From his first lesson, 10-year-old Jaeger Heathman has taken to the piano. Heathman, who has autism, has only had 11 lessons -- but he can already play a handful of songs.
"Dreams, Night Storm, Jackson, Honeydew, Chester, Ode to Joy," he said. "And Twinkle, Twinkle Little Star."
Heathman is learning the instrument through Simply Music, a new method that could be a breakthrough in music education, particularly for autistic children. Instead of learning how to read music, students immediately learn actual songs. There are no boring scales, at least not to start.
"We do get to those things, but later," said Cathy Hirata, Heathman's teacher. "The whole idea here is that you wouldn't teach a child how to read a book before they learn speak. We don't want to teach a child how to read the piano before they understand the mapping of the instrument, or how to play it."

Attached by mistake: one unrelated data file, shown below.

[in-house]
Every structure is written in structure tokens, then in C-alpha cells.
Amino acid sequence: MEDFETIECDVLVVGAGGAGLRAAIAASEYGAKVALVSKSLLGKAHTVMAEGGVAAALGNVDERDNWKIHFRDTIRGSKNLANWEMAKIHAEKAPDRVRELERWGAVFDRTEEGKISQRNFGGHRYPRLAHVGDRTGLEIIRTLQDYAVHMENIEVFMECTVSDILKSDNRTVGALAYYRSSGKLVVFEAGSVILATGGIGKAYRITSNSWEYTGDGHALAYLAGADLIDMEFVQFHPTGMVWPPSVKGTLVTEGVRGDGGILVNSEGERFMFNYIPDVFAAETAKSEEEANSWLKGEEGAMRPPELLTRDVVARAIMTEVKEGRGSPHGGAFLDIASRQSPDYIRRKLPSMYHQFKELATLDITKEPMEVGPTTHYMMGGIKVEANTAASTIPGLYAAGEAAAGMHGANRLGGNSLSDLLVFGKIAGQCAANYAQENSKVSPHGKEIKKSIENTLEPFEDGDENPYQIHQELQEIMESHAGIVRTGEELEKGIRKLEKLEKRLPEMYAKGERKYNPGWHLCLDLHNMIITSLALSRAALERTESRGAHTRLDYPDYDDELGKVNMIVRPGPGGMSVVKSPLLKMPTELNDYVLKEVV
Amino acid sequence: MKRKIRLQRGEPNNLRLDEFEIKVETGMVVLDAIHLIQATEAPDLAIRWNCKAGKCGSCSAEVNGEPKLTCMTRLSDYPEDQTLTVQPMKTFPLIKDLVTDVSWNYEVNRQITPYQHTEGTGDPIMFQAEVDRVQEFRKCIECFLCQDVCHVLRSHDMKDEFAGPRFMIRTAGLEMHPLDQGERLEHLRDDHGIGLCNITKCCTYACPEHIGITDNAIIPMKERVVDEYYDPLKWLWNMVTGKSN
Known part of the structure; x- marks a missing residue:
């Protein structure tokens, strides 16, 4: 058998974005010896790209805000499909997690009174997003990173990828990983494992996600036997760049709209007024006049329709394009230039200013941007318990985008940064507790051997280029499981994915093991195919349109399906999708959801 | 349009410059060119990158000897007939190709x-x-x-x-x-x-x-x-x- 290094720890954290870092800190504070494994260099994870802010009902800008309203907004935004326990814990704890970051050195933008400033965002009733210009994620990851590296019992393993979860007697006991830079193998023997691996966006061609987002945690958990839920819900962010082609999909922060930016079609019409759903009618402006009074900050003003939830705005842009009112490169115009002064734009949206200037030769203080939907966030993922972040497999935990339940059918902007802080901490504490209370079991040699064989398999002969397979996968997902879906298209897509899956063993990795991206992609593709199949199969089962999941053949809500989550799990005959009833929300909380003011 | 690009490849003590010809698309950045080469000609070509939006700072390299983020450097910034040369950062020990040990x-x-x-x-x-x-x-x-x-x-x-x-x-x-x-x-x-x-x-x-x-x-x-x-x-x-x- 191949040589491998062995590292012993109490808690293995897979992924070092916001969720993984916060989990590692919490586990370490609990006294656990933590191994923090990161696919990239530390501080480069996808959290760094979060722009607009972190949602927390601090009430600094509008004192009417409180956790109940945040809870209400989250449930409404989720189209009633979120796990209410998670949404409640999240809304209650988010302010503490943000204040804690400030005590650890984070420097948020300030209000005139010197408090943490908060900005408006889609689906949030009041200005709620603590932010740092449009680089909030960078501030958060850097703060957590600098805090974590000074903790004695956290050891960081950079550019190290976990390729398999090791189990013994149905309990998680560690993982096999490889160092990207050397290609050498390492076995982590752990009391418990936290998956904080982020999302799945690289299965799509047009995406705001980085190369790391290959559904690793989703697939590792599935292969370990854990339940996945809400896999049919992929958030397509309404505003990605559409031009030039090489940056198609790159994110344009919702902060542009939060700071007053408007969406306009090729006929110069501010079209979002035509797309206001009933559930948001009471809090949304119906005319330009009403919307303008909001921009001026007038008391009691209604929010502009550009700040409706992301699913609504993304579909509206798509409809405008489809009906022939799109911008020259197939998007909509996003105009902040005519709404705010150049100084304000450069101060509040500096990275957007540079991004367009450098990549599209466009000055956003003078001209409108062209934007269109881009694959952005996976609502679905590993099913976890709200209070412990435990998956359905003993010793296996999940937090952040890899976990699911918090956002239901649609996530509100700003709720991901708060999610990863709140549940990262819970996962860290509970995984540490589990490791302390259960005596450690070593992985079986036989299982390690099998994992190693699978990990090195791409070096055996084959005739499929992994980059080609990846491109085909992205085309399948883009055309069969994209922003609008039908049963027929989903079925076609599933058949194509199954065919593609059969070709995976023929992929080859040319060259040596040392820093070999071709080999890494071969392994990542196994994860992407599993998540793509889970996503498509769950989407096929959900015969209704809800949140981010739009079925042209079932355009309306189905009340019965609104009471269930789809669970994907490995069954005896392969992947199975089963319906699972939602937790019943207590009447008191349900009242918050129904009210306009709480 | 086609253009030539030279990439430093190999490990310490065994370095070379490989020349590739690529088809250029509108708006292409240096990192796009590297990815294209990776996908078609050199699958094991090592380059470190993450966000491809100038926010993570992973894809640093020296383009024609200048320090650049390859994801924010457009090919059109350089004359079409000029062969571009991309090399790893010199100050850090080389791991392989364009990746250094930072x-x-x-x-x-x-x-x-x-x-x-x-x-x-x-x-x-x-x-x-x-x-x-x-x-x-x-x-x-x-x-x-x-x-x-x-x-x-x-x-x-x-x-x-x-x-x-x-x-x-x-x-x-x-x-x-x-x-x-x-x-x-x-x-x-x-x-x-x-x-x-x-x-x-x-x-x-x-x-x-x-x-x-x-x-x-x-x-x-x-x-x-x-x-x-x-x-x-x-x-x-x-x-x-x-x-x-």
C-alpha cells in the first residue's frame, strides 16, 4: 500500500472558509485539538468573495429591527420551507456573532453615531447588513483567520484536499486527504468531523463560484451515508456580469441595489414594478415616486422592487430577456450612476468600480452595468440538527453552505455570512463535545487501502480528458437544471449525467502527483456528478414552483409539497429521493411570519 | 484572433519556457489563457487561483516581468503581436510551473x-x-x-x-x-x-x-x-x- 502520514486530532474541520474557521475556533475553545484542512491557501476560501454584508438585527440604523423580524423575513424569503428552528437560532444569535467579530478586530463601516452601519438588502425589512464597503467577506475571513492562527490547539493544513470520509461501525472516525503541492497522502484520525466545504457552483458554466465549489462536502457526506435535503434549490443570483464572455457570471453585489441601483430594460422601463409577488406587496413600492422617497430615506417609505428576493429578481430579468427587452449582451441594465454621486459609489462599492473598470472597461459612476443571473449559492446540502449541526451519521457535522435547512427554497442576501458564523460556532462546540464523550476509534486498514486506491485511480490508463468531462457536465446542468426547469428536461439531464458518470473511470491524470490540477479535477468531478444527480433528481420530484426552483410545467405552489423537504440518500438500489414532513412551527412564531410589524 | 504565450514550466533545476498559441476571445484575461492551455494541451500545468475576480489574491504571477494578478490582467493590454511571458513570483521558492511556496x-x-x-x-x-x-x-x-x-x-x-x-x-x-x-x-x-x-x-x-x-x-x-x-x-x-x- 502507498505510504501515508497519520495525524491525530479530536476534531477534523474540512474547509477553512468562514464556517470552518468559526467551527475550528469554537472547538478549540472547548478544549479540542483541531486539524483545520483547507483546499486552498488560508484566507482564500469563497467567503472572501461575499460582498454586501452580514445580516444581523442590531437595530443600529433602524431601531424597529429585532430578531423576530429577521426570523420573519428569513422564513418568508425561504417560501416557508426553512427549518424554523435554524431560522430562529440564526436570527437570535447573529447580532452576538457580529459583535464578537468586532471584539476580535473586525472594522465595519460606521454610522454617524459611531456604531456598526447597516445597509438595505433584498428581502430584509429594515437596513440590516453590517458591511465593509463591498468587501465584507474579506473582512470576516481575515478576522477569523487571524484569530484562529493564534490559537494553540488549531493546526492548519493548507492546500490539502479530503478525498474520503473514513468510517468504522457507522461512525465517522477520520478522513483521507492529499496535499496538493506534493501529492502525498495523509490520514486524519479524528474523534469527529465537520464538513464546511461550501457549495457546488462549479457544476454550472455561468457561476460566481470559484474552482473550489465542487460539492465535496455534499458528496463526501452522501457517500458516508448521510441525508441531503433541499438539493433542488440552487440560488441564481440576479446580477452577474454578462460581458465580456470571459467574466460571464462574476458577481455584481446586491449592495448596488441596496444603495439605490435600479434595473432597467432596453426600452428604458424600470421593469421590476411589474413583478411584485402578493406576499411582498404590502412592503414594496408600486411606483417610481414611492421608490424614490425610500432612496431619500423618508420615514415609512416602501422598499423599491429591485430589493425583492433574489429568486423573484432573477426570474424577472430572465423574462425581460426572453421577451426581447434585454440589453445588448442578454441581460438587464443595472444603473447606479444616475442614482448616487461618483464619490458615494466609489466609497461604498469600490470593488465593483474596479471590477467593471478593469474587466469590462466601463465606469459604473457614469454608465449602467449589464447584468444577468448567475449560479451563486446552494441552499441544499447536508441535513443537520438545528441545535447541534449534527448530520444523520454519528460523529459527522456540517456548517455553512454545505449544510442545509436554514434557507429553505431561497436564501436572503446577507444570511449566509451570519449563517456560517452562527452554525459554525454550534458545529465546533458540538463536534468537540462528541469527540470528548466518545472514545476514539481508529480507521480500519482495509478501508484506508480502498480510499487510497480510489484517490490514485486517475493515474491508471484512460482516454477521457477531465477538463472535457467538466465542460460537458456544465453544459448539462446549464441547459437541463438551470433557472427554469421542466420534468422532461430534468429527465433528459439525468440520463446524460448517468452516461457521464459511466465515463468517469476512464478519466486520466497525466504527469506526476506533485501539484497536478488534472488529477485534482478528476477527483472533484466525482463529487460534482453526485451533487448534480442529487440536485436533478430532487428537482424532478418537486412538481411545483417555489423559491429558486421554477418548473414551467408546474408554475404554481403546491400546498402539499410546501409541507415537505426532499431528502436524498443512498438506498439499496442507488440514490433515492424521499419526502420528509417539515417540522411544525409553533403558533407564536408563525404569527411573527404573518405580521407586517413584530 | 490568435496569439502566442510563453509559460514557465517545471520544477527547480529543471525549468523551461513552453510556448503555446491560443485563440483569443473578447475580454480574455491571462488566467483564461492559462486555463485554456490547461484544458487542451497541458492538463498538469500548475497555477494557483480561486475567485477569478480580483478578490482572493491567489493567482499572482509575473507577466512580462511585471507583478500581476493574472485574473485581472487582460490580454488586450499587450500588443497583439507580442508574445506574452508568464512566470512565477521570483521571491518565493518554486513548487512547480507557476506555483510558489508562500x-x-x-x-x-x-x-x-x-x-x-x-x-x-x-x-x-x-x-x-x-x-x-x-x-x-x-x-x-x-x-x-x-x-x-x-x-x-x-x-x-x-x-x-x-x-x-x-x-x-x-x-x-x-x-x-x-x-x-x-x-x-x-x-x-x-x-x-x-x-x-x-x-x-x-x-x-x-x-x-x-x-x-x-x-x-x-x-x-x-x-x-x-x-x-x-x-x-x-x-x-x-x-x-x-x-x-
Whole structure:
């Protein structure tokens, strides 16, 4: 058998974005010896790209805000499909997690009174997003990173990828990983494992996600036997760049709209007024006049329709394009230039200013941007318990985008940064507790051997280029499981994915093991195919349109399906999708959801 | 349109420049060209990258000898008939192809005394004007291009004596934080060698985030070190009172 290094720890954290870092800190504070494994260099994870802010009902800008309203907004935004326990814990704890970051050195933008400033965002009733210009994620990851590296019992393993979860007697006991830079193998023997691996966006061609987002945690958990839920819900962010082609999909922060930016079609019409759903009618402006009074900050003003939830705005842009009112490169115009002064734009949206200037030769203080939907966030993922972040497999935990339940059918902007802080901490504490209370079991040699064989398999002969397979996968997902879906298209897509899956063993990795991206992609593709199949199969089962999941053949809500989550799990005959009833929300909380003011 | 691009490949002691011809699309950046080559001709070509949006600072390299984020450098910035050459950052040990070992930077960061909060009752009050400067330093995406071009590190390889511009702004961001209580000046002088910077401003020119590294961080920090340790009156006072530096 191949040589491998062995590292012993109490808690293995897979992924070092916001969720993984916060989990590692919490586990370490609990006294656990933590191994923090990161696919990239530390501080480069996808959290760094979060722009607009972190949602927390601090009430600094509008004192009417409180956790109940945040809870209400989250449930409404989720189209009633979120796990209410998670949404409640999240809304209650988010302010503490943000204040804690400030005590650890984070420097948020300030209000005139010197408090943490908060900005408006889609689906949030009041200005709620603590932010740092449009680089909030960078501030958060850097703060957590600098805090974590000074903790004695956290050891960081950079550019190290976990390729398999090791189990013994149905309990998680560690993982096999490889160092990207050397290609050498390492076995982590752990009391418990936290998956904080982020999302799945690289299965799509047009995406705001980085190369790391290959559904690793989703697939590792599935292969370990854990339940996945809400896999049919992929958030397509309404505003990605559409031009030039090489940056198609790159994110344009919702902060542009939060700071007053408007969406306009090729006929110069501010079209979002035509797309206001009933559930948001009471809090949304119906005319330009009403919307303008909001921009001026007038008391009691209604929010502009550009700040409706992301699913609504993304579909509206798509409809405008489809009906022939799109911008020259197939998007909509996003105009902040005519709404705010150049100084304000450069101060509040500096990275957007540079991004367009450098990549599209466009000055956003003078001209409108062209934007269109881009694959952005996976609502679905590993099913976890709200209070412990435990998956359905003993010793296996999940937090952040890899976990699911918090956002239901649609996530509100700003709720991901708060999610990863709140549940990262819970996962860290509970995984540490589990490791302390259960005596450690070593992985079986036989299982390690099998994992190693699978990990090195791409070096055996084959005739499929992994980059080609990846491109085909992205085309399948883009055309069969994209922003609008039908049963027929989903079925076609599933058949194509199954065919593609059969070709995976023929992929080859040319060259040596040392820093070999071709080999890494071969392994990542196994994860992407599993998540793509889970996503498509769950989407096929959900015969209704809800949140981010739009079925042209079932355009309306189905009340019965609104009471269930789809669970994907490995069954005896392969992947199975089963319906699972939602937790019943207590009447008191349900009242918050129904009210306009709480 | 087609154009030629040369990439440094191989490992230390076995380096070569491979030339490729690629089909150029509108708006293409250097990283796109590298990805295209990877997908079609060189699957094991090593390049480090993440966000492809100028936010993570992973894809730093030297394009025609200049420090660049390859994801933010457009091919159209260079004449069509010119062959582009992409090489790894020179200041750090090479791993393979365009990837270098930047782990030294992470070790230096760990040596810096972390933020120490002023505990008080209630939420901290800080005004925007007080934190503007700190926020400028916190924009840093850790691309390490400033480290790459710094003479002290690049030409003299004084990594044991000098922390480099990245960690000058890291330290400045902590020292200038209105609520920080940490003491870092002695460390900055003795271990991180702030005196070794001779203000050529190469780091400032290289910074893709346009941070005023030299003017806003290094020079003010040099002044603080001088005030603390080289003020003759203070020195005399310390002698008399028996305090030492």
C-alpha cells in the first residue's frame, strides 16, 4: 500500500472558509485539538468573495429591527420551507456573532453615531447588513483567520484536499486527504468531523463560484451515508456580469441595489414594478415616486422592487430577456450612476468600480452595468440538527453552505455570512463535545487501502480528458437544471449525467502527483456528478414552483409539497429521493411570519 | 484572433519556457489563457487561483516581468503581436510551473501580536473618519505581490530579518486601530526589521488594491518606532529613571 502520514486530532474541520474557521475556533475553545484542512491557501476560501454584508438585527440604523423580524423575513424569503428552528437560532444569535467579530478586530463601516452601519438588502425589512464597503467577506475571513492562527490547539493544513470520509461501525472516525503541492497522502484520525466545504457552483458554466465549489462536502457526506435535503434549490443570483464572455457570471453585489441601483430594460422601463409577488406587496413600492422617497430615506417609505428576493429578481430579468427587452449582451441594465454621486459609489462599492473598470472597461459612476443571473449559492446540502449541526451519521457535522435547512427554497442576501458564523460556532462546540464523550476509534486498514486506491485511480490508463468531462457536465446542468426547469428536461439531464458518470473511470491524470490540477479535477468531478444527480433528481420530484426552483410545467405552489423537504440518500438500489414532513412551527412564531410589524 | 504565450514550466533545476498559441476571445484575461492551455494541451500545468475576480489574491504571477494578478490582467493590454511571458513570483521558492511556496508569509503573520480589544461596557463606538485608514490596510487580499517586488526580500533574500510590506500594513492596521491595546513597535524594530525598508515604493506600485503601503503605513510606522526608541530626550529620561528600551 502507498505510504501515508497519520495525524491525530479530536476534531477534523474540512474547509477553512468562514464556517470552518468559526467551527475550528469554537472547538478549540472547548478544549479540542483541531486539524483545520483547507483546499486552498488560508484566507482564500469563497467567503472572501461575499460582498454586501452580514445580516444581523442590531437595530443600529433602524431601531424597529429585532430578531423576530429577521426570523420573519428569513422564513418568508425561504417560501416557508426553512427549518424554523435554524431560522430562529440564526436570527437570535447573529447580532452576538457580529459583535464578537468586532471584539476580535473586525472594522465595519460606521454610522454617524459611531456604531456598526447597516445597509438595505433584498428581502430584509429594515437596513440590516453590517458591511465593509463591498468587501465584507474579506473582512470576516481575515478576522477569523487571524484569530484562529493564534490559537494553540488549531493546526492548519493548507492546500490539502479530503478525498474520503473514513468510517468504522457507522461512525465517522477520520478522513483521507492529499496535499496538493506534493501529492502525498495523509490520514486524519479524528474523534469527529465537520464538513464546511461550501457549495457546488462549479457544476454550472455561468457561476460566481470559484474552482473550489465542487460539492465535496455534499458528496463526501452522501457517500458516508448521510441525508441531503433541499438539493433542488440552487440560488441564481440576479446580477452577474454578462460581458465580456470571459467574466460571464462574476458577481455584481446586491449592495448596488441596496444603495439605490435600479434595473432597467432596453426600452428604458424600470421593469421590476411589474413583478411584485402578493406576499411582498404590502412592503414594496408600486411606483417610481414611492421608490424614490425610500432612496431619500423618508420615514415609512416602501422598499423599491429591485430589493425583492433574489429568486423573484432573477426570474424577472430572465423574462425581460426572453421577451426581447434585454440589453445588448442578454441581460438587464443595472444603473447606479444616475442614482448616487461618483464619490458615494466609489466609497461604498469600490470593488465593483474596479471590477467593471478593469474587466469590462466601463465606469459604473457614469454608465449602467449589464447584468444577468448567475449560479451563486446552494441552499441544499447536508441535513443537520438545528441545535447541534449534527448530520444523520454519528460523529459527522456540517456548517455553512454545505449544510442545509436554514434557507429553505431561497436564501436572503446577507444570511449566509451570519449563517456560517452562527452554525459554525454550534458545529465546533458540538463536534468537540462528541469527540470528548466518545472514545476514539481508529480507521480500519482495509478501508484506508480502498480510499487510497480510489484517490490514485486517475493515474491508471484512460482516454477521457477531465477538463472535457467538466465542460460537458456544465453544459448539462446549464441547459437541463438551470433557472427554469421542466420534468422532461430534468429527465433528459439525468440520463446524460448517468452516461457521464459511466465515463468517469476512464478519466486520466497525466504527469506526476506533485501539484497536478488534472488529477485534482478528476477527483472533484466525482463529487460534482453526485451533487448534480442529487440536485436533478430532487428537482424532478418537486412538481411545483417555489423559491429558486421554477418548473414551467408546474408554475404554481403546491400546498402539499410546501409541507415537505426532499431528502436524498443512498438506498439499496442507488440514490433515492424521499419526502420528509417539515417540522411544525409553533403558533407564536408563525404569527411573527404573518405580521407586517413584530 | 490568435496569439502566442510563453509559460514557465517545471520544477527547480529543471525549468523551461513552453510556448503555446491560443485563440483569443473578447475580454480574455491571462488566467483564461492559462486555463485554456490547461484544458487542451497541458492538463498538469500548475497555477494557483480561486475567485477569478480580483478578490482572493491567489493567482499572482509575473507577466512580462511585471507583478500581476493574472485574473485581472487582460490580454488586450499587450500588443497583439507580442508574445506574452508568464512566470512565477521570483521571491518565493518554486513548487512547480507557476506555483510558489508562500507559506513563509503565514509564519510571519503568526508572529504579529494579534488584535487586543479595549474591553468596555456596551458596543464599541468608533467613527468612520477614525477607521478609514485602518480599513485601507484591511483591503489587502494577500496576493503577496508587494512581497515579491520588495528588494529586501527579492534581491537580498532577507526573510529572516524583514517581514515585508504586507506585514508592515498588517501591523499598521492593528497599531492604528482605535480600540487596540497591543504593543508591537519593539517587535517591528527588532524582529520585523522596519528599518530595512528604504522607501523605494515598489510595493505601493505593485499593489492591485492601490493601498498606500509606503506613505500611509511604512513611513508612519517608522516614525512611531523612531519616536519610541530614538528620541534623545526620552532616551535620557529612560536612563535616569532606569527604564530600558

The method works well for all children, Hirata said, including those with autism, who may be very literal, very concept-oriented and who may shut down if given multiple concepts all at once.
For Heathman, who is also ADHD, the Simply Music method has helped him focus and listen.
"After the first lesson, I was blown away," said Jodette Goebel, Jaeger's mother. "I think with the traditional method, he would have a harder time with that. This way definitely works in his case."
Click here for more information about Simply Music or call 888-896-2066.